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  • Forest Bathing + Ayurvedic Rasayana Therapy

    Forest Bathing + Ayurvedic Rasayana Therapy

    The Ayurveda Experience January 05, 2019

    Forest bathing is an accepted part of Japanese preventative health care. 

    Also known as forest therapy, it draws on thousands of years of intuitive knowledge. We are part of nature and we have a deep need to feel that connection.

    Forest bathing and Ayurveda.

    A similar explanation is found in ancient Ayurvedic medicine.

    Optimal health and full human potential depends on a lifestyle in sync with the cycles of nature. Living against the cycles of nature depletes ojas (vitality) and causes stress and illness.

    In Ayurvedic health care there is no specific description of forest bathing. Similar therapies and behaviors are encouraged though, particularly under rasayana, one of the eight branches of Ayurvedic medicine.

    READ MORE: Ayurvedic Panchakarma Treatment, Therapy + Cost

    Forest Bathing To Build Ojas (Vitalilty)

    During ancient times, 5000 years back, being connected with nature was the only way of life. It was not a therapy as such. People in those times knew to live in alignment with nature.

    Ironically today, forest bathing has become a therapy, perhaps more needed than ever before.

    According to Ayurveda, one of the primary ways of building ojas is to immerse oneself in nature on a regular basis.

    Forest bathing and Ayurveda.

    Ojas is the essential energy for the body and mind. It is responsible for vitality, strength, health, long life, immunity and mental and emotional wellness.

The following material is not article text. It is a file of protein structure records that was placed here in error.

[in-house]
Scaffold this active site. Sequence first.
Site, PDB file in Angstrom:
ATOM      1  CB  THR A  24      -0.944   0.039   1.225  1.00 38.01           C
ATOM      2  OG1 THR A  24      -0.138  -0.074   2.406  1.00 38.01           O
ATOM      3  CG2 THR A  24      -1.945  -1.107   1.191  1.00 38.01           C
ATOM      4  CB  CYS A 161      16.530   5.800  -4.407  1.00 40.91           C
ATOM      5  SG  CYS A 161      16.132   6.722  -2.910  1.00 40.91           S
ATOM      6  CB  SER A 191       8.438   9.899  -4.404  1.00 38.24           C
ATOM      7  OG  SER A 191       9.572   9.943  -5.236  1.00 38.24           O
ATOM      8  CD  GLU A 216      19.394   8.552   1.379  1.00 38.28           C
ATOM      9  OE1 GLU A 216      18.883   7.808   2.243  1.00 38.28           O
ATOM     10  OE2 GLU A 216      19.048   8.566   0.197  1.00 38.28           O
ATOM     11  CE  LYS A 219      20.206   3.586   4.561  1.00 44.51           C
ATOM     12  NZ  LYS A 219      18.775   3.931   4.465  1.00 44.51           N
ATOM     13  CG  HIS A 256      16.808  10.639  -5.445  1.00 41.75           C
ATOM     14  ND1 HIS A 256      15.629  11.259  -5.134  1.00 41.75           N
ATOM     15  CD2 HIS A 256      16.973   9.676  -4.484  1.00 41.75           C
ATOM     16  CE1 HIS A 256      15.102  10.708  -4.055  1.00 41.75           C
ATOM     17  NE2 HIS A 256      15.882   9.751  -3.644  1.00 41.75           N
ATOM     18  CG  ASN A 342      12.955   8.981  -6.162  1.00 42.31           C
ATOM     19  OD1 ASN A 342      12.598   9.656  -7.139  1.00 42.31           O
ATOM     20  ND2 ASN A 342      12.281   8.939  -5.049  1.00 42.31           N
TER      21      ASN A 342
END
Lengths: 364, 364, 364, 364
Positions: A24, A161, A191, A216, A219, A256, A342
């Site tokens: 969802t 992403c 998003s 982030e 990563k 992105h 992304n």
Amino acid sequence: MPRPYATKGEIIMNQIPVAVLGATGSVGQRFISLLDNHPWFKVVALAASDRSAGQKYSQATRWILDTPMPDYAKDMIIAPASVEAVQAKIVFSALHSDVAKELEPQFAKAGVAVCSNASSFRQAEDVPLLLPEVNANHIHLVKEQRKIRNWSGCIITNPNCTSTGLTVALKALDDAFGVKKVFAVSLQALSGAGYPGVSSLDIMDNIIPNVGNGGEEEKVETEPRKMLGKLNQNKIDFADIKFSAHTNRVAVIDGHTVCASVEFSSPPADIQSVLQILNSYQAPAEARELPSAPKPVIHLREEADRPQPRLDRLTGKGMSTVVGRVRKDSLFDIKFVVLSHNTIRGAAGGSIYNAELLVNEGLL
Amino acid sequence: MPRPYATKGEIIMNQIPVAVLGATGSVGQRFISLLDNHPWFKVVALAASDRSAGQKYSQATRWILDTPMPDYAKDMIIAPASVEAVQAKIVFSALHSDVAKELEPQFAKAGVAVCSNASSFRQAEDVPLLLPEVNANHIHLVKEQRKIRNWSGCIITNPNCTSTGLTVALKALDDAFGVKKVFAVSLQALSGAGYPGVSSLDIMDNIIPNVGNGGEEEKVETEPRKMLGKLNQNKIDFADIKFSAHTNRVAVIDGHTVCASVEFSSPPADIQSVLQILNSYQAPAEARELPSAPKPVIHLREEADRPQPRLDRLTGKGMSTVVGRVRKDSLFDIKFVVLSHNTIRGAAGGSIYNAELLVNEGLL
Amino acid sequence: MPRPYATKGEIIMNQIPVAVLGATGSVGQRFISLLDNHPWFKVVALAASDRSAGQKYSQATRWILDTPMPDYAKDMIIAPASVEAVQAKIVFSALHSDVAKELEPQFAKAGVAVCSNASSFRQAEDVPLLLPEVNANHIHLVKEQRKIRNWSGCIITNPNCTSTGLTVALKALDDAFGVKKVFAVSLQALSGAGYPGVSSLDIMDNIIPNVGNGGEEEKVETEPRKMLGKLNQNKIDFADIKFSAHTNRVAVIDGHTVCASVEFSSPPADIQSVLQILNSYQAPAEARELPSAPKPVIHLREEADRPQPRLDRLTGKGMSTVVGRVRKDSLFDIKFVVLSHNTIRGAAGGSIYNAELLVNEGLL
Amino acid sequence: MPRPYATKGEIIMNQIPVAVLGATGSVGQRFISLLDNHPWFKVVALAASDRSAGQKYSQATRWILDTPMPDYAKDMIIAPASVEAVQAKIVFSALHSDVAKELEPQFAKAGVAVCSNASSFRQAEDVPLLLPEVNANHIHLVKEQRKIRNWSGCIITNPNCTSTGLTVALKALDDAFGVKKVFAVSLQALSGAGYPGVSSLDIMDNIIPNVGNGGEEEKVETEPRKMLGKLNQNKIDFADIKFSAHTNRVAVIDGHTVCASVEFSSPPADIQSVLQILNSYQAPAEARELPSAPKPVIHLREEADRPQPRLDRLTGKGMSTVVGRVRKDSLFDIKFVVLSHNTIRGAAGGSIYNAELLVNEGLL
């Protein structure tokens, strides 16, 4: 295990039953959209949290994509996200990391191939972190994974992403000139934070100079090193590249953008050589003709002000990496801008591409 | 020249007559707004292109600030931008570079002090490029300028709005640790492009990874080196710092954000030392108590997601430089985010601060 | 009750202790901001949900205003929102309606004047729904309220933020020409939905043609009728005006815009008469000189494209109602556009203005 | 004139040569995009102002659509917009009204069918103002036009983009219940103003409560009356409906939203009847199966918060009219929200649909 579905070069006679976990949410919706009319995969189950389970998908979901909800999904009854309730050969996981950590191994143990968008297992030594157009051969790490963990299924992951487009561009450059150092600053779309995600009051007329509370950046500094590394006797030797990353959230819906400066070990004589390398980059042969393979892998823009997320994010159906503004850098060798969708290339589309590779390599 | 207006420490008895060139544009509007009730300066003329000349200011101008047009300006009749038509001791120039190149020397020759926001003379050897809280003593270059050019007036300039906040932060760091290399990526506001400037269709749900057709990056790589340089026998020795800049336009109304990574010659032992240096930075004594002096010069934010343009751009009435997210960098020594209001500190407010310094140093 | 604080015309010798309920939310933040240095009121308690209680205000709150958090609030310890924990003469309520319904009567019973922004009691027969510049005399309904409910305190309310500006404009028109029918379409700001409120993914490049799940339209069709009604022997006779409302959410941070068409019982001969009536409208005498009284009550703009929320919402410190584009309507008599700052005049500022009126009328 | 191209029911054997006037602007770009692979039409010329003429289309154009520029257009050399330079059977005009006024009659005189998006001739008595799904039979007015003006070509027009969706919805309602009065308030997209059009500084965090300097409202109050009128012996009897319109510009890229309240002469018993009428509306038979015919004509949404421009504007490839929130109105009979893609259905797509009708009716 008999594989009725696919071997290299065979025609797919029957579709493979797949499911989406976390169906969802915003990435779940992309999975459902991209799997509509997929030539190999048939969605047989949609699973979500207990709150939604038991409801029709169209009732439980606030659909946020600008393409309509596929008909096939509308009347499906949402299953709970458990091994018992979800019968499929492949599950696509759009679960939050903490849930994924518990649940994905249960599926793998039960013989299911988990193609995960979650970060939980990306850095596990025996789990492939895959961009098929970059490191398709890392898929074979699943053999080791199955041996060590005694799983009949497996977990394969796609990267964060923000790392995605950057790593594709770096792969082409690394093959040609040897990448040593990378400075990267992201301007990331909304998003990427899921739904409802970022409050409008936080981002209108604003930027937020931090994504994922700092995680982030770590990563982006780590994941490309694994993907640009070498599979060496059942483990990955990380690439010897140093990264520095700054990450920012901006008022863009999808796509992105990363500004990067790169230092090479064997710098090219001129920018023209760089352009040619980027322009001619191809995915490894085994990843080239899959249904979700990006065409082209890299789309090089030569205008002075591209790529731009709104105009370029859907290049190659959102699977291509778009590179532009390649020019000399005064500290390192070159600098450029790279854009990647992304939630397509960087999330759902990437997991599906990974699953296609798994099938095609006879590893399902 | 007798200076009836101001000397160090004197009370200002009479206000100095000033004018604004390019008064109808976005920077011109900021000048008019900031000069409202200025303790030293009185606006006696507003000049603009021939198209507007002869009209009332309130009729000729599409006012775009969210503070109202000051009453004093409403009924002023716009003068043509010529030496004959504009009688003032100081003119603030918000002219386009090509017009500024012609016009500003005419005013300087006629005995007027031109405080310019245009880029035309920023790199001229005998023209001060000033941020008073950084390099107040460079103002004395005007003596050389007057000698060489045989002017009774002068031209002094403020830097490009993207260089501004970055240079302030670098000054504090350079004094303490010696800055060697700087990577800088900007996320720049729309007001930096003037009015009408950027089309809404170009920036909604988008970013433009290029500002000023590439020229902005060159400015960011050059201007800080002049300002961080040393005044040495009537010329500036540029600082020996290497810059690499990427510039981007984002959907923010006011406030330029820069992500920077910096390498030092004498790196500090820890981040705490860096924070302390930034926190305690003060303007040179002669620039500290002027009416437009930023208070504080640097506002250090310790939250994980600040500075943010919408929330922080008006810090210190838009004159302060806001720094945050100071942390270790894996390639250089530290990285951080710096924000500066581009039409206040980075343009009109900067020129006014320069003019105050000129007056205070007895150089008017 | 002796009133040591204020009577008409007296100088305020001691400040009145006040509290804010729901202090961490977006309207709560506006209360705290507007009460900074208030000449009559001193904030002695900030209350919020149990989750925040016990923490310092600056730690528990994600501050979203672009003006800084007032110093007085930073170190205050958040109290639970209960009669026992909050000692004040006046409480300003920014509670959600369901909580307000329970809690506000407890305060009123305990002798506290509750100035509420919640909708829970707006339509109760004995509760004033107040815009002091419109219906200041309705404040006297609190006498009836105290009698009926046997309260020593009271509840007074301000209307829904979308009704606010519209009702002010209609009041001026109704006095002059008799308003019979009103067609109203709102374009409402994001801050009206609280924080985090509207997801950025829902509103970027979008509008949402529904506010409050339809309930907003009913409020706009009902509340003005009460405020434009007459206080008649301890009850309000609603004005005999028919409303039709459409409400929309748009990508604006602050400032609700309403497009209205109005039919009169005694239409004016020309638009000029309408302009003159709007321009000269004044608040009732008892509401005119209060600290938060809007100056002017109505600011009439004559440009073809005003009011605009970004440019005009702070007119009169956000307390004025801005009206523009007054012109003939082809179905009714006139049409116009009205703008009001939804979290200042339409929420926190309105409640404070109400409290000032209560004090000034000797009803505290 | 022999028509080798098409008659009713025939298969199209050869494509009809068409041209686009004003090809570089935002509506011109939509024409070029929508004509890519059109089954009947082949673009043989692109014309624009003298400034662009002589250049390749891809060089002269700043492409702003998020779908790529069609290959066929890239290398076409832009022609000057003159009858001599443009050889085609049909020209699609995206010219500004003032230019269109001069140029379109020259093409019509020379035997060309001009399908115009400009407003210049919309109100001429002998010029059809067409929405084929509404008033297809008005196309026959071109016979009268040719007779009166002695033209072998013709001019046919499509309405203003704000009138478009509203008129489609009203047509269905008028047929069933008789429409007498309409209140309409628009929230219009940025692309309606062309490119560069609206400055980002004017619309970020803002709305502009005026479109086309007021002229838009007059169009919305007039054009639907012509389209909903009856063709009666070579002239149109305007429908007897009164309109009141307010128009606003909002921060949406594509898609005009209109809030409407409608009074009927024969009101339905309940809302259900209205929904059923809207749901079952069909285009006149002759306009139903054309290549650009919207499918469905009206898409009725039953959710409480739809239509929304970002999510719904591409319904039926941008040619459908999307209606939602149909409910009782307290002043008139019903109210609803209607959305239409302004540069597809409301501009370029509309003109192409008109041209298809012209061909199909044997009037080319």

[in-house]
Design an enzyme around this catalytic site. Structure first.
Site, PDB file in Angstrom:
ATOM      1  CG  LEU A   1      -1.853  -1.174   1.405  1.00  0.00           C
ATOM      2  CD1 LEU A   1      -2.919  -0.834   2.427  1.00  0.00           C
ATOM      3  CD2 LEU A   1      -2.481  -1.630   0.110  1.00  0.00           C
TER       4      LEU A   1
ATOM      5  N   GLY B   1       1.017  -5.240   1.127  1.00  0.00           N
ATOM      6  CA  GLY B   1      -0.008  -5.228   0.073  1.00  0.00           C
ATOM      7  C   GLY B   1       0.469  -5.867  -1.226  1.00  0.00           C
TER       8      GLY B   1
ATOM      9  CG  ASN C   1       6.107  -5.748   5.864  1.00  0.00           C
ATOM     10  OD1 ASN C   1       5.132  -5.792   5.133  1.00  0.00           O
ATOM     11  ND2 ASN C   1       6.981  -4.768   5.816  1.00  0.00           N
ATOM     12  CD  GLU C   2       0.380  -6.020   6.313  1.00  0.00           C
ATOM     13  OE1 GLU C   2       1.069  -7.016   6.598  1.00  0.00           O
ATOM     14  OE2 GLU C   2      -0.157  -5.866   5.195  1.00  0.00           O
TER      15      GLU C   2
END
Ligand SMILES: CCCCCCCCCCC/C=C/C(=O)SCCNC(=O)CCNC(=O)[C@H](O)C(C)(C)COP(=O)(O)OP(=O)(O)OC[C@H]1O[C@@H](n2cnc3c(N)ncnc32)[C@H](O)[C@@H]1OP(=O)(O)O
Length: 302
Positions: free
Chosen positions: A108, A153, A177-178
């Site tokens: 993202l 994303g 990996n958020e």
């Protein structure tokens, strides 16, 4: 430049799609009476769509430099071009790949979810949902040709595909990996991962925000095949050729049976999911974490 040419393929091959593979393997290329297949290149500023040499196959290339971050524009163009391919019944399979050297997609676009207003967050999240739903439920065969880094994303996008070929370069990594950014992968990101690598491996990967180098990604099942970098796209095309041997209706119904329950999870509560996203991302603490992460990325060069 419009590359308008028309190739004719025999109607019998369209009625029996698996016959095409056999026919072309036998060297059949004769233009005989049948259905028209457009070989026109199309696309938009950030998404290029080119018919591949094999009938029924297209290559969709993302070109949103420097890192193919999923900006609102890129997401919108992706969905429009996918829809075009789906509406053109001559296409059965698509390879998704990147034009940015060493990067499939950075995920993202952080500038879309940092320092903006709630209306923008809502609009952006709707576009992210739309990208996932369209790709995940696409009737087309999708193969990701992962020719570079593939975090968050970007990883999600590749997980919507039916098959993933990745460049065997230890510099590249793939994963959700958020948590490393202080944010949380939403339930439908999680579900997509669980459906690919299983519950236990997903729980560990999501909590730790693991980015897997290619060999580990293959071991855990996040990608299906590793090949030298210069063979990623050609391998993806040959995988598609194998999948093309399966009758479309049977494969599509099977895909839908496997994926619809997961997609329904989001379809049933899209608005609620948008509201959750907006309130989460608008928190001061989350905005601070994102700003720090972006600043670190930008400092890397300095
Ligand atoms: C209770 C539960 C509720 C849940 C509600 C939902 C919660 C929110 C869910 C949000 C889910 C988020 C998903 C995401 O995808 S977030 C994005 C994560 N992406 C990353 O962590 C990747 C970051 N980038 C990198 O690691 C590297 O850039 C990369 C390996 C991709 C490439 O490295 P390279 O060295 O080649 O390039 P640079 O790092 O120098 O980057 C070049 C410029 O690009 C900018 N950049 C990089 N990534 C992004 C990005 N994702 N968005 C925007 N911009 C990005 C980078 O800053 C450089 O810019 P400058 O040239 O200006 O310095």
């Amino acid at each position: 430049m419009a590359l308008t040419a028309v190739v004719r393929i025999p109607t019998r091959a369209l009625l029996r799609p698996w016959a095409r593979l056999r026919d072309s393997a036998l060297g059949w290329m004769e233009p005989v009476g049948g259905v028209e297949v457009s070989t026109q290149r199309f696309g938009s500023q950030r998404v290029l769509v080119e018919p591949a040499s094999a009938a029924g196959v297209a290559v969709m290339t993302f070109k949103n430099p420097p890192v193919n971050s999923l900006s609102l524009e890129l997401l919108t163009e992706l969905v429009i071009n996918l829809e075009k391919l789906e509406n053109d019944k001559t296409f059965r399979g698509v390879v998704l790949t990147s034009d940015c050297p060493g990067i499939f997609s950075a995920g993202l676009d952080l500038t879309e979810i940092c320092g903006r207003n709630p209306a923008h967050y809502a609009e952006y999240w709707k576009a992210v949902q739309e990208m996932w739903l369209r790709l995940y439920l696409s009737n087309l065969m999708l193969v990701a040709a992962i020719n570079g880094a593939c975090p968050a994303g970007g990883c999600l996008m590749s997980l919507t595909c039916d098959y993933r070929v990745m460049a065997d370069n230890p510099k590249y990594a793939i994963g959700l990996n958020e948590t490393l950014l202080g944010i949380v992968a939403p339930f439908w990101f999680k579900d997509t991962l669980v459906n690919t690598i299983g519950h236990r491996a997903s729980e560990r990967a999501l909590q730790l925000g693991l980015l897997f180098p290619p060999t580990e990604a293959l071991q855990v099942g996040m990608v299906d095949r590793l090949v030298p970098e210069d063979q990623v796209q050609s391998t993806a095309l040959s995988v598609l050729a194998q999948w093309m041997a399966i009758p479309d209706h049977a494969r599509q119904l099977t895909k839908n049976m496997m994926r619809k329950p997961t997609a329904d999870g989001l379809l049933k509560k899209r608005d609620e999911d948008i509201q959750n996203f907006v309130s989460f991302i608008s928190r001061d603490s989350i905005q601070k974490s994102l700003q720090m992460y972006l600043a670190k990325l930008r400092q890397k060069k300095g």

We all know how wonderful being in nature can make us feel. We have known it for centuries.

    The sounds of the forest, the scent of the trees, the sunlight playing through the leaves and the fresh, clean air are all soothing to the mind and senses. They give us a sense of comfort. They ease stress and worry, and help us relax and think more clearly.

    Being in nature can restore one’s mood, replenish energy and vitality and rejuvenate the body and mind.

    READ MORE: Everything You Need To Know About Shirodhara

    Forest Bathing + Ayurveda’s Rasayana Therapy

    Forest bathing does draw a close connection to rasayana therapy. This branch of Ayurveda is described in the ancient, classical literature. It can be translated to mean, rejuvenation.

    Rasayana forms one of the eight clinical specialties of Ayurveda.1 It consists of a specialized use of certain measures which are supposed to prevent aging and impart longevity, impart immunity and resistance to disease, impart mental faculties and add vitality and luster to the body.

    Rasayana therapy is not a simple treatment using medicines. It is a specialized therapeutic procedure practiced as a major specialty.

    Rasayana therapy is a comprehensive discipline based on an interesting philosophy and sound scientific footings. It embraces the psychosomatic concepts of health and happiness.

    It is well suited to today’s modern society and medical needs where diseases caused by stress, strain and premature aging are the challenge.

    READ MORE: Detox Dal: Ayurvedic Winter Soup For Cleansing

    Types Of Rasayana Therapy

    In Ayurvedic medicine, rasayana therapy has been divided into three major categories. Forest bathing falls under the third category, achara rasayana.

    Kamya rasayana is one type of rasayana therapy. It is indicated during states of health to improve vigor and vitality.

    It may be used in patients suffering from specific diseases with a view to improve the vitality of the patients. This may provide the capacity to the patient to fight off those particular diseases.

    Naimittika rasayana herbs are another type of rasayana therapy. They are used as adjuncts to other specific therapies. They are not themselves specific treatments for respective diseases.

    It has also been claimed that similar rasayana effects can be experienced in both the body and the mind by practicing an improved code of socio-behavioral conduct. This third type of rasayana is called achara rasayana and forest bathing can fall under this category.

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    Achara Rasayana: Rejuvenation Through Conduct

    Avoiding anger, excessive indulgence in alcohol, sex and excessive labor has certain benefits. Keeping peaceful, speaking sweet words, practicing mantra or japa and showing kindness to living beings is restorative to the body and mind.